Tag Archives: Workplace Writing Best Practices

Long Live Word Power! Always Break the Rules

Strike out against oppression – there are some rules of grammar you can and should consider break if you want to enhance your routine workplace writing and write free!

I hated traditional grammar in school like most people … and most writers. So, I routinely break some time-honored practices today just to have fun, flaunt my sense of independence and creativity and get back at Professor Gwendolyn Apostrophe-Dingleberry for all her abuses in 11th grade English class. If only she could know that I earn some of my living as a professional freelance writer and executive writing coach, she’d turn over in her grave in Grammar Hell. Read More »

And You Can Quote Me!

I love using quotes in my writing and presentations – I really do.They can add sizzle, credibility or perspective to the message. However, I’m adamant about including author details.

Few people are so well known that they don’t need any reference, like Abraham Lincoln, Mark Twain, Winston Churchill or Dr. Martin Luther King, Jr. For the rest, we need to answer the question readers or listeners often have – ‘So … who is that person?’

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Does Good Workplace Writing Really Matter?

(A business reporter recently ask me for my thoughts on the impact of poor workplace writing skills. Here’s a summary of our conversation.)


1) How do poor writing skills hurt businesses?

Poor writing skills can make you and your organization look lazy, sloppy or incompetent. This is especially true with people who place a high priority on precision, accuracy and quality. Read More »

Lose Lame Lines

An often-overlooked element in any workplace email or memo is the simple little Subject Line. Depending on their content, they can add to the message or detract from the workplace writer’s image of competency. So … here are a few tips to Lose Lame Lines:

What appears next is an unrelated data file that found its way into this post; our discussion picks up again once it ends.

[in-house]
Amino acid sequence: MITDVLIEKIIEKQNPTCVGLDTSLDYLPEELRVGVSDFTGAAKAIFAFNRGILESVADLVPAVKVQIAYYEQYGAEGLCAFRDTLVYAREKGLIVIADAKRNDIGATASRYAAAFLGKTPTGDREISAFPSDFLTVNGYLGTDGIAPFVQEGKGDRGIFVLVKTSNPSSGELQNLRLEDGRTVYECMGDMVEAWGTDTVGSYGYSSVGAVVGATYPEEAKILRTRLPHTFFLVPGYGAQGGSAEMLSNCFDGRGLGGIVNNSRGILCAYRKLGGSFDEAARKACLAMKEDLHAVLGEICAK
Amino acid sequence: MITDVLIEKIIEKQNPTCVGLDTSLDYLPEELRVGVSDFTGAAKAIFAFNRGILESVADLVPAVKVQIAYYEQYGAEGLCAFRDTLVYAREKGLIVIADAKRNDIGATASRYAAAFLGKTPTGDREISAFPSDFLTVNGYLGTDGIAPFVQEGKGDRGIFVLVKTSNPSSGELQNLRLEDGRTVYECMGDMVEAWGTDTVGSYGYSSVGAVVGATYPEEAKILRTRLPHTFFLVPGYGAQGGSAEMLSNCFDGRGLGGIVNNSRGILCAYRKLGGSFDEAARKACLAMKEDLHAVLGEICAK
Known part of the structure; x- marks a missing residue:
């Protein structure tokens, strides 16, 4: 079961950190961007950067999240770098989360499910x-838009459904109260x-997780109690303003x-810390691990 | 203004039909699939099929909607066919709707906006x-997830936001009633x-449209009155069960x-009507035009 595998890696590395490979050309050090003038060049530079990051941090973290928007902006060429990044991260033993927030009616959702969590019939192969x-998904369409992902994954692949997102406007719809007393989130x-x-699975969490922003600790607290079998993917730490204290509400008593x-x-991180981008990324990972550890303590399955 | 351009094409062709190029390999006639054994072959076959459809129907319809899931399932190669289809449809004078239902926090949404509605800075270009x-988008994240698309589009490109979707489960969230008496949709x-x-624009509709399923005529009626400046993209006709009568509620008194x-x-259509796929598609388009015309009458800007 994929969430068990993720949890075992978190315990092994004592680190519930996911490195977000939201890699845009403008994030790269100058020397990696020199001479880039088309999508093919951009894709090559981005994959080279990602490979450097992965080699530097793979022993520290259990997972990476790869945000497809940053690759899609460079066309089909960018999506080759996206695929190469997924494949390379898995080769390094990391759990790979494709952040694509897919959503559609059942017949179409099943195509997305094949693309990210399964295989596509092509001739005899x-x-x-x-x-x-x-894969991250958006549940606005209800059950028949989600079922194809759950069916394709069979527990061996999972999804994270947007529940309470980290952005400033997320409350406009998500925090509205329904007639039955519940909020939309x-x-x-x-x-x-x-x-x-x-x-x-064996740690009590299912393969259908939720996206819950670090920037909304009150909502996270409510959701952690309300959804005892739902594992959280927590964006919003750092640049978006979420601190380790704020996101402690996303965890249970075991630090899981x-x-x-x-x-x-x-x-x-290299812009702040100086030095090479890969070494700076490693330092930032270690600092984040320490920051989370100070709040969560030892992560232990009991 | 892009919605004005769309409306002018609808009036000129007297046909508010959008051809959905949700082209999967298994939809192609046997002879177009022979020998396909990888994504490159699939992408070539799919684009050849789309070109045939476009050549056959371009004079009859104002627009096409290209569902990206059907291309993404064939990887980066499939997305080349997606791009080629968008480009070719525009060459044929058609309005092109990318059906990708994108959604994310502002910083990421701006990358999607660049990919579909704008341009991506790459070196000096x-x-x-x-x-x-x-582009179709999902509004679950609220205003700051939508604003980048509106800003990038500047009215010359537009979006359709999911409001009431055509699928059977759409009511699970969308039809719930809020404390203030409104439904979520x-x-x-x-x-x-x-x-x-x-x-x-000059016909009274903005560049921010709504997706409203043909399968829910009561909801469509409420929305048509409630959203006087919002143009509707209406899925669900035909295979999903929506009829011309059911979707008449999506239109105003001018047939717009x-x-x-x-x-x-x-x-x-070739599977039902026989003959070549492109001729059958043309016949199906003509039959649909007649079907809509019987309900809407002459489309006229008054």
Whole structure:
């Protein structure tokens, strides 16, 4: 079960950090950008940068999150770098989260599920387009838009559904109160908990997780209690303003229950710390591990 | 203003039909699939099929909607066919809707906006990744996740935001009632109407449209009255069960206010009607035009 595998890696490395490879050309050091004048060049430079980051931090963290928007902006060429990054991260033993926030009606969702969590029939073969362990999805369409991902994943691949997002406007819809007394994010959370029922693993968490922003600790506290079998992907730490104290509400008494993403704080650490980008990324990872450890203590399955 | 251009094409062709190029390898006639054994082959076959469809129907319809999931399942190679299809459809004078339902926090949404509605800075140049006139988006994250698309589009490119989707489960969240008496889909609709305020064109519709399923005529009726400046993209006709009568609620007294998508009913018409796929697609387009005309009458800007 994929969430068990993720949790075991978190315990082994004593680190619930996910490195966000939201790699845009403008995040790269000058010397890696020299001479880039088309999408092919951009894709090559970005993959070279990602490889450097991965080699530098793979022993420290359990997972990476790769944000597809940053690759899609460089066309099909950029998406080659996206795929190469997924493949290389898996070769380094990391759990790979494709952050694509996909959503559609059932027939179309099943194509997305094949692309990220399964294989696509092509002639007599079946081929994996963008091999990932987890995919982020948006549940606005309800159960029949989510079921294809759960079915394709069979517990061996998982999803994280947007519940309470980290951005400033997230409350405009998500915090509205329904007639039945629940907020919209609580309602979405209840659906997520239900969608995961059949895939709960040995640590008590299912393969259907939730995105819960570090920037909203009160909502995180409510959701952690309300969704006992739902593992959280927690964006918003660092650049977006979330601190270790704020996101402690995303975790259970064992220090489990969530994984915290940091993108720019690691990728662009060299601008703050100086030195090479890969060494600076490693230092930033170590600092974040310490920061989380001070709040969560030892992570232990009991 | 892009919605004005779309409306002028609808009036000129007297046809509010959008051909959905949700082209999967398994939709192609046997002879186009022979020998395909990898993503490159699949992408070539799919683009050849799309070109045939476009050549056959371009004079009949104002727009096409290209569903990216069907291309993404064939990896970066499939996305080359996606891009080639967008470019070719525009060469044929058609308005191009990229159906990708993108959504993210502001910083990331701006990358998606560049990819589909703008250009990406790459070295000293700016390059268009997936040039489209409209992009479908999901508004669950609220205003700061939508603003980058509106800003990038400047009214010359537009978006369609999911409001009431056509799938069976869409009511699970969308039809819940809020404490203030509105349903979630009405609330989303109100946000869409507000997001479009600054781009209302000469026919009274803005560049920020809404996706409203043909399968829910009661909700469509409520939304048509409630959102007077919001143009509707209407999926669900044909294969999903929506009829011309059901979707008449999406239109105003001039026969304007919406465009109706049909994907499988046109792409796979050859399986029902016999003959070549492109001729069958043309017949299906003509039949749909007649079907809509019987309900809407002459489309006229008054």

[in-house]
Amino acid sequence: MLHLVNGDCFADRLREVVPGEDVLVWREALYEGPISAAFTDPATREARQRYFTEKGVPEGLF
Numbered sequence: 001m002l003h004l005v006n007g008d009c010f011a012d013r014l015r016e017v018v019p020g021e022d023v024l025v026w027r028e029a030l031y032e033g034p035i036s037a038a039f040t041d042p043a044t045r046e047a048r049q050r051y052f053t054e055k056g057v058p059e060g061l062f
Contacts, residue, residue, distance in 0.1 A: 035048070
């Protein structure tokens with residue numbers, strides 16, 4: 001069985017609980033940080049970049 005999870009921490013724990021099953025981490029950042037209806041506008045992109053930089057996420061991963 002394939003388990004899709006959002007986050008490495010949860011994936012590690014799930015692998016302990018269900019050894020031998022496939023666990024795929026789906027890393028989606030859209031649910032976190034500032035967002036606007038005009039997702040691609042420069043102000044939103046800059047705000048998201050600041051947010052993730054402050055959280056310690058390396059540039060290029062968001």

• No Subject’ – the absence of a subject line is really lame. That says the writer was too lazy to think of something or too unimaginative. While either could be true, neither reader assumption helps the writer’s credibility. So … anything is better than nothing.
  • ‘Meeting’ – at least better than ‘no subject’, but not much. It does tell the reader something about the message. Less helpful if the reader attends lots of meetings, however. Read More »

Energize Your Email

Every time you send an email or text to a customer, colleague or manager, it can project your image of professionalism, competency and courtesy. That image should be positive whenever possible, or at least neutral, but never negative.

The often painful reality is that everything you write at work projects you. The following simple suggestions will help you project your best possible positive image.

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Once Is Never Enough – the Power of Editing

The good news about sending emails and texts in the workplace is that you can transmit your messages instantly, saving you time and extra effort. The bad news about those  texts and emails is that you can transmit your message instantly – often omitting reviewing, editing and rewriting. Bad idea.

So, let’s take a moment to review the Power of Editing or re-writing and recommitting to this powerful step in the written communication process in your workplace.

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Always Break the Rules!

This ‘WordPower’ feature deals with some rules of grammar and which ones you should consider breaking if you want to enhance your routine workplace writing.

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Give Your Readers a Break

A very effective Reader-Centric strategy for your workplace writing is to make it very easy for your readers to read, understand and act on your messages. Read More »

Clarity & Brevity Both Rule!

Some of you have begun thinking more about the words you use in routine workplace writing.  If you identified lots of word choice habits, also good. If you asked yourself why you used a particular word or phrase and weren’t happy with your answers, then get ready to rock & roll. Many of you will benefit from some lessons learned on the journey towards more reader-centric word choices. Read More »

Resistance is Futile

(A reader favorite from my archive of the COSE ‘Mind Your Business’ eLetter.)

In his still frightening classic dystopian novel, ‘1984’, George Orwell invented ‘NewSpeak’, the official language of Oceania, used to control communication and thought. Read More »